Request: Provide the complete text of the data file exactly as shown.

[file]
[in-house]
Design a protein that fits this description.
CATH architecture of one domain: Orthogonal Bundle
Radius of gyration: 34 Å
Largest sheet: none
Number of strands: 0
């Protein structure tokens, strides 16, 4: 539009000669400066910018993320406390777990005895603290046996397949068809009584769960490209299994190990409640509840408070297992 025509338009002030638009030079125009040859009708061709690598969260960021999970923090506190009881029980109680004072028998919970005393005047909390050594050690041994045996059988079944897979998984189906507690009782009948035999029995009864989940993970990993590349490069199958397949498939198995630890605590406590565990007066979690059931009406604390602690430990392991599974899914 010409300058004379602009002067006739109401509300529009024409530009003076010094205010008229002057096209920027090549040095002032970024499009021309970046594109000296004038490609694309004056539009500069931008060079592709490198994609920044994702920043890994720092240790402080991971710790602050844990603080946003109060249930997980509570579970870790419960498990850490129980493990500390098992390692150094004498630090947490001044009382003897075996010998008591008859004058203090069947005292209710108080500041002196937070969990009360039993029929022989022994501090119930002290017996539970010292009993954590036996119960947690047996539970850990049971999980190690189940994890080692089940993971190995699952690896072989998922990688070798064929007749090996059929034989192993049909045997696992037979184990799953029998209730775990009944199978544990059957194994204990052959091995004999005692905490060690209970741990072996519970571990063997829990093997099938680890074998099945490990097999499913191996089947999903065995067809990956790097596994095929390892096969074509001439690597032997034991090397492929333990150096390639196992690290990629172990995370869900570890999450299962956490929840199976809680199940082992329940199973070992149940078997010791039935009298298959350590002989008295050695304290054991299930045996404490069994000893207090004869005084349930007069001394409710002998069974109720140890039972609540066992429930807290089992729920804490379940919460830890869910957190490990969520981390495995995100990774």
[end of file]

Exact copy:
[in-house]
Design a protein that fits this description.
CATH architecture of one domain: Orthogonal Bundle
Radius of gyration: 34 Å
Largest sheet: none
Number of strands: 0
């Protein structure tokens, strides 16, 4: 539009000669400066910018993320406390777990005895603290046996397949068809009584769960490209299994190990409640509840408070297992 025509338009002030638009030079125009040859009708061709690598969260960021999970923090506190009881029980109680004072028998919970005393005047909390050594050690041994045996059988079944897979998984189906507690009782009948035999029995009864989940993970990993590349490069199958397949498939198995630890605590406590565990007066979690059931009406604390602690430990392991599974899914 010409300058004379602009002067006739109401509300529009024409530009003076010094205010008229002057096209920027090549040095002032970024499009021309970046594109000296004038490609694309004056539009500069931008060079592709490198994609920044994702920043890994720092240790402080991971710790602050844990603080946003109060249930997980509570579970870790419960498990850490129980493990500390098992390692150094004498630090947490001044009382003897075996010998008591008859004058203090069947005292209710108080500041002196937070969990009360039993029929022989022994501090119930002290017996539970010292009993954590036996119960947690047996539970850990049971999980190690189940994890080692089940993971190995699952690896072989998922990688070798064929007749090996059929034989192993049909045997696992037979184990799953029998209730775990009944199978544990059957194994204990052959091995004999005692905490060690209970741990072996519970571990063997829990093997099938680890074998099945490990097999499913191996089947999903065995067809990956790097596994095929390892096969074509001439690597032997034991090397492929333990150096390639196992690290990629172990995370869900570890999450299962956490929840199976809680199940082992329940199973070992149940078997010791039935009298298959350590002989008295050695304290054991299930045996404490069994000893207090004869005084349930007069001394409710002998069974109720140890039972609540066992429930807290089992729920804490379940919460830890869910957190490990969520981390495995995100990774």